About $9 million was raised, including for charities involving 4 different Presidents (and possibly a 5th): The Bush Clinton Katrina Fund, and Jimmy Carter's much-needed down there house-building and house-restoring Habitat for Humanity.

The list of performers wasn't as big as for 9/11 and Hurricane Sandy, but there were some big ones. A star since 1957, Clarence "Frogman" Henry took his funny novelty song and made it massively relevant to the Crescent City's situation: "Ain't Got No Home." He was one of several New Orleans-based (or, at least, Louisiana-based) performers that also included Dave Bartholomew (bandleader for Fats Domino, who for 2 days was missing and thought lost in the hurricane), Allen Toussaint, the Dixie Cups, Irma Thomas, the Neville Brothers, Buckwheat Zydeco, and the Meters. From outside New Orleans came Elton John, John Fogerty, Bette Midler, Elvis Costello and his wife Diana Krall, Jimmy Buffett, Ry Cooder, Lenny Kravitz, and a rare Simon & Garfunkel reunion.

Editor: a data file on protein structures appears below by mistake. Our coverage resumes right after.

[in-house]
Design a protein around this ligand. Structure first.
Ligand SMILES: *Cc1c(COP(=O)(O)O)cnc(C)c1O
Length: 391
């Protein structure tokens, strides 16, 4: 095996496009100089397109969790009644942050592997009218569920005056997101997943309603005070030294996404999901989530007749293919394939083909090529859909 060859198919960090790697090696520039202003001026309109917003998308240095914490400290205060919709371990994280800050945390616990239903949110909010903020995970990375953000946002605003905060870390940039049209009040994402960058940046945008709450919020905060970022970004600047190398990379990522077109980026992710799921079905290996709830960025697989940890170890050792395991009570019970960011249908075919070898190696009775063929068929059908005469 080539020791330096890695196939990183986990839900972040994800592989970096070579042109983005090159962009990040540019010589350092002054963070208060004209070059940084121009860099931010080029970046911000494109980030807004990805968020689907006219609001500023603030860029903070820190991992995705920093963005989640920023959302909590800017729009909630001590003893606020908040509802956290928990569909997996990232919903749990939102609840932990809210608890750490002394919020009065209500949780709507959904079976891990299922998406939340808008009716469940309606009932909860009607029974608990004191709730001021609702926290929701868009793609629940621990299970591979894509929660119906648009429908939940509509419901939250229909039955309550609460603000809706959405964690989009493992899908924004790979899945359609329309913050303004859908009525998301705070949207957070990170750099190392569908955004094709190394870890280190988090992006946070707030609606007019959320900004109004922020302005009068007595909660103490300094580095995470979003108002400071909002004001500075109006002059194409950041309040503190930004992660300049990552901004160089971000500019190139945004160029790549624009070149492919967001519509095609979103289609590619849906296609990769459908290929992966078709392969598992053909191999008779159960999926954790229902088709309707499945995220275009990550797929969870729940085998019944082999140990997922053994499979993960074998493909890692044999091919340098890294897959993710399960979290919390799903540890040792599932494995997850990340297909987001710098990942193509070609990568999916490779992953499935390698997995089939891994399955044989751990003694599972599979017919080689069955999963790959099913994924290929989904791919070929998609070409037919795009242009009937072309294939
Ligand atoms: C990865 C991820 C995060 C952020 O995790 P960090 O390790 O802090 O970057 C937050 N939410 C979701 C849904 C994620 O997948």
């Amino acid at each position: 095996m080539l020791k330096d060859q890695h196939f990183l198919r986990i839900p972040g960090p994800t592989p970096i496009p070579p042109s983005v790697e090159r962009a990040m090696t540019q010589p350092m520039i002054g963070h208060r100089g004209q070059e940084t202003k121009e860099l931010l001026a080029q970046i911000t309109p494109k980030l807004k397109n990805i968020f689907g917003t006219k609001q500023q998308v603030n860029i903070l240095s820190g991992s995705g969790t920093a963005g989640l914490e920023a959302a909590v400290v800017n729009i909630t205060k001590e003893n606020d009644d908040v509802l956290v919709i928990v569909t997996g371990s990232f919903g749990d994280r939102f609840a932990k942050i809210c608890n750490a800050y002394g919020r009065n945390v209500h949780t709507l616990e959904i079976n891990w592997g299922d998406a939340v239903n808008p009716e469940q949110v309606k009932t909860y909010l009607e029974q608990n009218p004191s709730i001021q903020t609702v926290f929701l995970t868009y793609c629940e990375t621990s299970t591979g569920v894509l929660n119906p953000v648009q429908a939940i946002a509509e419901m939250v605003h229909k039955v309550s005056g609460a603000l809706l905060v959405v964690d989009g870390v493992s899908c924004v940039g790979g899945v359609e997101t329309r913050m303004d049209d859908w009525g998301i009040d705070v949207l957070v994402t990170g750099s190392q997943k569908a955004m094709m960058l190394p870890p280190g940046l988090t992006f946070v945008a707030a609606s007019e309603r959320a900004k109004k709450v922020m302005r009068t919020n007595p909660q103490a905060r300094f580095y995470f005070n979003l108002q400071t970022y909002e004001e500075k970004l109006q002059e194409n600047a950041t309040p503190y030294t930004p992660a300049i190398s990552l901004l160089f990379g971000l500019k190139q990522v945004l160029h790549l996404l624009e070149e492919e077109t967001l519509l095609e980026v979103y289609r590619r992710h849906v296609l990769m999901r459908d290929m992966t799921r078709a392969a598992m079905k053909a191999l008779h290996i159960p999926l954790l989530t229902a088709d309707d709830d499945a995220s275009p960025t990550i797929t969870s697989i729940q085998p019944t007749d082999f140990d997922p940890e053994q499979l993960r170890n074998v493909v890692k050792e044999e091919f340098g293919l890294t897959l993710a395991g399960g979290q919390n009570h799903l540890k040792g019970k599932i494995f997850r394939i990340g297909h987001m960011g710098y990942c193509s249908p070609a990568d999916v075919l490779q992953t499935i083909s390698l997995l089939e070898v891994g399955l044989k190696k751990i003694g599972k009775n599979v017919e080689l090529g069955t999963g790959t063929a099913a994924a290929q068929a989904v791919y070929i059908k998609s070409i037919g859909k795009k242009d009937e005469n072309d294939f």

10. December 12, 2012, The Garden: 12-12-12: The Concert for Sandy Relief. When Hurricane Katrina wrecked New Orleans on August 29, 2005, a fundraising concert was held at MSG. When Hurricane Sandy pounded New York and New Jersey on October 29, 2012, a fundraising concert at MSG was inevitable.
"I don't care what consequence it brings.
I have been a fool for lesser things."

As with the Concert for New York City, there were nonsinging celebrities on hand. Returning from that show were Crystal, Sarandon, Sandler, Shaffer and Fallon. Among the musical performers who had also been at the CFNYC were McCartney, Jagger and Richards (who brought the rest of the current Stones lineup with them), The Who's Roger Daltrey and Pete Townsend, Joel, Clapton, Bon Jovi and Vedder.
"Sprung from cages on Highway 9":
Freehold's Bruce and Sayreville's Jon

New to this show were Springsteen -- one of the few bills he's ever shared with Joel -- Roger Waters of Pink Floyd, Alicia Keys, Kanye West, Chris Martin of Coldplay; and nonmusical personalities Brian Williams, Ben Stiller, Whoopi Goldberg, Kristen Stewart, Jon Stewart (no relation), not Bill or Hillary but Chelsea Clinton, Stephen Colbert, Sean "Diddy" Combs, Olivia Wilde, Steve Buscemi, Joe Pantoliano, James Gandolfini, Chris Rock, Seth Meyers, Bobby Moynihan, Jake Gyllenhaal, Patricia Farrell, Blake Lively, Katie Holmes, Jason Sudeikis, and Quentin Tarantino and his Django Unchained stars Jamie Foxx and Christoph Waltz.